Elliott’s on Congress Promises a Few Twists to American Standards

May 1, 2012

By Teya Vitu

Vodka, jalapeño peppers, bacon and duck are the primary food groups at Elliott’s on Congress, 125 East Congress Street.

Valaree and Billy Elliott and their son, Jack, at Elliott's on Congress.

Owner Billy Elliott likes to describe his food and drink offerings as American favorites with a unique twist – often enough involving vodka, jalapeños, bacon or duck.

That could be bacon infused vodka or vodka pasta. How about chocolate covered bacon? How does a cheese stick wrapped in a wonton wrapper sound? A deep fried peanut butter and jelly sandwich? That’s a dessert option.

It’s more bar food, comfort food – with the aforementioned unique twists – than five-course feasts, though you could make a feast of it if you order multiple dishes.

“I’d like to have it be more casual,” Elliott said.

Elliott’s on Congress opens on May 4 in the same space previously occupied by A Steak in the Neighborhood. Elliott’s interior design is largely the A Steak features that were still in place when Elliott took over the space Jan. 17.

Billy Elliott is new to restaurant/bar entrepreneurship, though it’s been in his mind for a “long, long time ago,” he said. “This is something I’ve always wanted to do. No matter where you work, you see things you want to do slightly different.”

Elliott put in eight years behind the bar at BisonWitches and shorter stints at Solaris in Green Valley and most recently at Azul Lounge at the Westin La Paloma Resort & Spa.

“I think it’s about having a good attitude. I’m upbeat, energetic and happy,” Elliott said. “So many bartenders and servers go to work and complain. I want the servers to be having fun. I can open a bar. I know everybody. I know so many bartenders and servers.”

His wife, Valaree, is at his side running Elliott’s.

“I’m doing the bookkeeping and the recipe testing. That’s the fun stuff,” Valaree said.

Elliott’s expertise falls more on the bar side. Much of the menu is suggestions from Shamrock Foods, his primary supplier, which launched a business strategy department about four years ago just at the start of this economic downturn.

Shamrock’s Joy Miller and Jay Larsen help new and existing restaurant clients with all functions of restaurants – back of house and front of house. This includes food costing, employing training and creating dishes for menus. They have worked with about 50 restaurants in Southern Arizona since Miller joined Shamrock two years ago.

“We just want to make sure we give them the keys to success,” said Miller, who was a chef at the Arizona Inn for nine years. “(The Elliotts) are just such a great couple. They know the front of house but not the back.”

Miller introduced the Elliotts to Shamrock’s annual two-day food show and its 1 million-square-foot test kitchen in Phoenix, where they could test some of their own recipes, such as Valaree’s vodka pasta and chocolate covered bacon.

“Valaree will use our basil infused vodka to make the vodka sauce,” Billy Elliott.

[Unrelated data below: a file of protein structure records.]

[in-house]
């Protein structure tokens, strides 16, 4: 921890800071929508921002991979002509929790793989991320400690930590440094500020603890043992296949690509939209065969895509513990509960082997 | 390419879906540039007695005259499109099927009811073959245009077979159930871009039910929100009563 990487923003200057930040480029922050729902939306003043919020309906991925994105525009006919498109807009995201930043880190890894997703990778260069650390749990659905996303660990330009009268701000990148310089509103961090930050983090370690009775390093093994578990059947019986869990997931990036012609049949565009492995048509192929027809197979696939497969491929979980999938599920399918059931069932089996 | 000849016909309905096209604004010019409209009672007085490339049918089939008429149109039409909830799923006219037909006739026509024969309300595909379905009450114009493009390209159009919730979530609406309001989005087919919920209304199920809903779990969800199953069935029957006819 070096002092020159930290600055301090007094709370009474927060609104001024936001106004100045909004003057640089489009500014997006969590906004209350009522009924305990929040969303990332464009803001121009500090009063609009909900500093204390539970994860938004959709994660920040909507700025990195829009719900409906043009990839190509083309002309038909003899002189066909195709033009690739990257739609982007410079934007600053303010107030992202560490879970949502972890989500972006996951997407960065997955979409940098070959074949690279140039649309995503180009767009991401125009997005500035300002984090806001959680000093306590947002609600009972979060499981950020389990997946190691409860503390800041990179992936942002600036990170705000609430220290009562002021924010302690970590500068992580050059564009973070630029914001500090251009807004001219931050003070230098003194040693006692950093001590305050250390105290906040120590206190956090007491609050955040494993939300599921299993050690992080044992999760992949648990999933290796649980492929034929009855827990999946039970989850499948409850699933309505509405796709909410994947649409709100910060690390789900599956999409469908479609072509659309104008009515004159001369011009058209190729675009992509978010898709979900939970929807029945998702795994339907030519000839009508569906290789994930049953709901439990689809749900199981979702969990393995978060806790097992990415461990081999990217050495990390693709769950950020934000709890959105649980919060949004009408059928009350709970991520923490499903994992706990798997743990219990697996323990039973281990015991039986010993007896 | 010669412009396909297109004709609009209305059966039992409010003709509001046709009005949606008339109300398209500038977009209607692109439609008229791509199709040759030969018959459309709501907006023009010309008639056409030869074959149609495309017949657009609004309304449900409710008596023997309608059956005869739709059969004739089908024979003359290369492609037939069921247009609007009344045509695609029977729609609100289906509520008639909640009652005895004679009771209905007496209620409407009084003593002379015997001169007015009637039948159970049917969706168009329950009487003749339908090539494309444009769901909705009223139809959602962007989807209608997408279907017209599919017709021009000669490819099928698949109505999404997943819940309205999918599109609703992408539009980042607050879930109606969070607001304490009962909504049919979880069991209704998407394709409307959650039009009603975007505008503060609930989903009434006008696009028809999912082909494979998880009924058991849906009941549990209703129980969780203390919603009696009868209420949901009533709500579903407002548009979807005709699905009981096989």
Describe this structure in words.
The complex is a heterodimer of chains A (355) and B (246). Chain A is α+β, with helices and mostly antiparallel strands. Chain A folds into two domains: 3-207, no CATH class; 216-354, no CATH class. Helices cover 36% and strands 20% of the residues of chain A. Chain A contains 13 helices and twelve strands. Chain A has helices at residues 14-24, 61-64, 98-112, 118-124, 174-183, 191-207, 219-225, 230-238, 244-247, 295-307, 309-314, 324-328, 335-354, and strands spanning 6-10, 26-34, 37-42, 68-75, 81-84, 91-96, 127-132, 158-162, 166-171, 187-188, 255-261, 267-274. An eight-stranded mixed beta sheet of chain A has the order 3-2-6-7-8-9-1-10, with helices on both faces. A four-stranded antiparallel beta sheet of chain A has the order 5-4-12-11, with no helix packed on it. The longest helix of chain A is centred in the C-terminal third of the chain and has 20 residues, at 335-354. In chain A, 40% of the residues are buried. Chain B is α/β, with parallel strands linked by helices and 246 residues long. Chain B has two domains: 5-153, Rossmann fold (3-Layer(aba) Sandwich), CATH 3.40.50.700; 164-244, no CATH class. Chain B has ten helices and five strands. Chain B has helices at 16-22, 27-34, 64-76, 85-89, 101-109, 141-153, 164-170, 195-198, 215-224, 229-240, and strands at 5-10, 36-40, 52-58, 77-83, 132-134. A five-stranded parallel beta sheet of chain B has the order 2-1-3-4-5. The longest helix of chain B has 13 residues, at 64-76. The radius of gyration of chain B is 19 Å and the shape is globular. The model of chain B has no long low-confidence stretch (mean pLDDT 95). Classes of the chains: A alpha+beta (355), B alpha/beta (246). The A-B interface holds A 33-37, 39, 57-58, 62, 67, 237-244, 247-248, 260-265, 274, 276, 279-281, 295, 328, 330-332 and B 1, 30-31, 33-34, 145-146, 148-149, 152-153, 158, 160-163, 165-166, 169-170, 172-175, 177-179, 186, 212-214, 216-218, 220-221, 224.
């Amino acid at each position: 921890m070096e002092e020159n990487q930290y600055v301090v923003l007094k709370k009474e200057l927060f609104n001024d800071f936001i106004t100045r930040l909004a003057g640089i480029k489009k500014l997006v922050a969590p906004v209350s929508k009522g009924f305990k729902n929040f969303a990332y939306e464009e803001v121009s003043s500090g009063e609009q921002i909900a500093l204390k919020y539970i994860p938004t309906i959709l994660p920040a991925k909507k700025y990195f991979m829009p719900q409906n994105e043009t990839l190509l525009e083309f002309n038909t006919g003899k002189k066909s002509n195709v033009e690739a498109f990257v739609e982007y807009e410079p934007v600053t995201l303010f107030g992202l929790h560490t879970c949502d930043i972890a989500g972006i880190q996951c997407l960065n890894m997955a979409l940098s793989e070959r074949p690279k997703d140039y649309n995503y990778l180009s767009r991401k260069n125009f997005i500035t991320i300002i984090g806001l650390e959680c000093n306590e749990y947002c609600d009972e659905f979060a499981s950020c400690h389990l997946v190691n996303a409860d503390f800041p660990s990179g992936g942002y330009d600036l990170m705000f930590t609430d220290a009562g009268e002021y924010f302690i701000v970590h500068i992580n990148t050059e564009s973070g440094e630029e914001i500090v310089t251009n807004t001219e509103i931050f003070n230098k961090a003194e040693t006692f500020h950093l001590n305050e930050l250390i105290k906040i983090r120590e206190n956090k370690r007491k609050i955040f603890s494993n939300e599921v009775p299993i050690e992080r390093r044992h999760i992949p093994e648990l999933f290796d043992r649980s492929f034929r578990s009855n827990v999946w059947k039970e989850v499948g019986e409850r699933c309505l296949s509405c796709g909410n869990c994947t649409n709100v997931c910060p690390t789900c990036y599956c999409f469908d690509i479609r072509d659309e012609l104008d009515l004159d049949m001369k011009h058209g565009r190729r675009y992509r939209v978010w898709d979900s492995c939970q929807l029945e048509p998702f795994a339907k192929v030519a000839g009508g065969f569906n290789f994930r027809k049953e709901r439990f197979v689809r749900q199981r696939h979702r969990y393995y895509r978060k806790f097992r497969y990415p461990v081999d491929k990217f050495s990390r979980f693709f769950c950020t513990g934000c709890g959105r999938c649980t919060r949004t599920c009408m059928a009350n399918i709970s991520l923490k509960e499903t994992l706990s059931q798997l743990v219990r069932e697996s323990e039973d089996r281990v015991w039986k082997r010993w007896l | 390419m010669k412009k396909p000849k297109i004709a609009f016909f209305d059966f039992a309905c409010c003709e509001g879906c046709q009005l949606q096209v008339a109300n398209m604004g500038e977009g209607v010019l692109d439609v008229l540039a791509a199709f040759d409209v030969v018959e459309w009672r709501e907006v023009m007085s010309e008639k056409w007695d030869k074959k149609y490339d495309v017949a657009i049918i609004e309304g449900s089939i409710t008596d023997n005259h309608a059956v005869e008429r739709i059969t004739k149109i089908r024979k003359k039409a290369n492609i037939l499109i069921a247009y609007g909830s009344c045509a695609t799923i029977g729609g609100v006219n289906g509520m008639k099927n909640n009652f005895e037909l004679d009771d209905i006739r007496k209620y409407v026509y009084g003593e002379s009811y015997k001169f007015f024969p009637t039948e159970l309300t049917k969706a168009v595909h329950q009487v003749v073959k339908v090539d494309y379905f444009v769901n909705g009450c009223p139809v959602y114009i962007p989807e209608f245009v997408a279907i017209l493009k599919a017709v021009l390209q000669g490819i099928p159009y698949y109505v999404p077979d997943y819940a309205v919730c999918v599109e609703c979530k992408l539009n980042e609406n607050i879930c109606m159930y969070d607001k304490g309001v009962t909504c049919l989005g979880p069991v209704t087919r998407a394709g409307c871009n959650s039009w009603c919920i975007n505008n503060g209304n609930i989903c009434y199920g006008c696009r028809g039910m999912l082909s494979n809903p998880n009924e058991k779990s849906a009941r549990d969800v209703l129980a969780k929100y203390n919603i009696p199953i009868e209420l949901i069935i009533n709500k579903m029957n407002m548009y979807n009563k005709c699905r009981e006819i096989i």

Billy Elliott wants Elliott's on Congress to be a happy place.

He discovered the duck at the Shamrock food show, and duck will be the star in Elliott’s Duck Club and BBQ Duck sandwiches.

“We’ve absolutely fallen in love with pulled duck,” he said.

Miller pointed him to the duck.

“I think people are tired of beef, turkey and chicken,” Miller said. “People are open to tasting something new. This is young and hip. I think comfort food is coming back and we put a twist to it.”

Elliott sees merit in Miller’s experimentation.

“With how popular the Food Network has become, I’d like to think Americans are more open minded to try new things,” Elliott said.

Miller and Larsen custom develop menu items for restaurants. Larsen created the deep fried PBJ.

“He had never done it before,” Miller admitted.

Billy Elliott is the man behind the Egg Man.

“The fried egg cheeseburger is one of my all time favorites,” he said.

Elliott chose Shamrock’s best burger, the 100 percent Angus. Sunrise Bakery provides the New York ban baked oval bun, what the Elliotts call the “oval crusty.”

There is a jalapeño BLT, a grilled cheese with jalapeño and bacon, and a whimsically named “London Calling” – fish and chips. The Texas Caviar Salad is a Shamrock creation – black-eyed peas, roasted corn, pico de gallo and jalapeño ranch dressing.

“Everybody has a Southwest sandwich,” Elliott said. “We wanted something a little different.”

Elliott has vodka on his mind as the signature liquid for the bar.

“We’re going to infuse our vodka,” he said. “We’re going to have at least six flavors all the time and rotate a few more. Jalapeño is one of my favorites. Mint is really good. Horseradish is really good. Cucumber is awesome. We’ll probably have orange and grape. I’ve been working with bacon.”

Billy and Valaree Elliott both came to Tucson to study at the University of Arizona, where they met in 1999, Valaree just from Phoenix and Billy from Danville, California, in the Bay Area. They initially toyed with opening a restaurant in San Francisco but Elliott quickly nixed the idea.

“I couldn’t imagine doing it in a town where I don’t know anybody,” he said.

The hours at Elliott’s on Congress at the start will be 11 a.m. to 2 a.m. seven days a week. The kitchen will close at 11 p.m. Sunday to Wednesday and 1 a.m. Thursday to Saturday.

 

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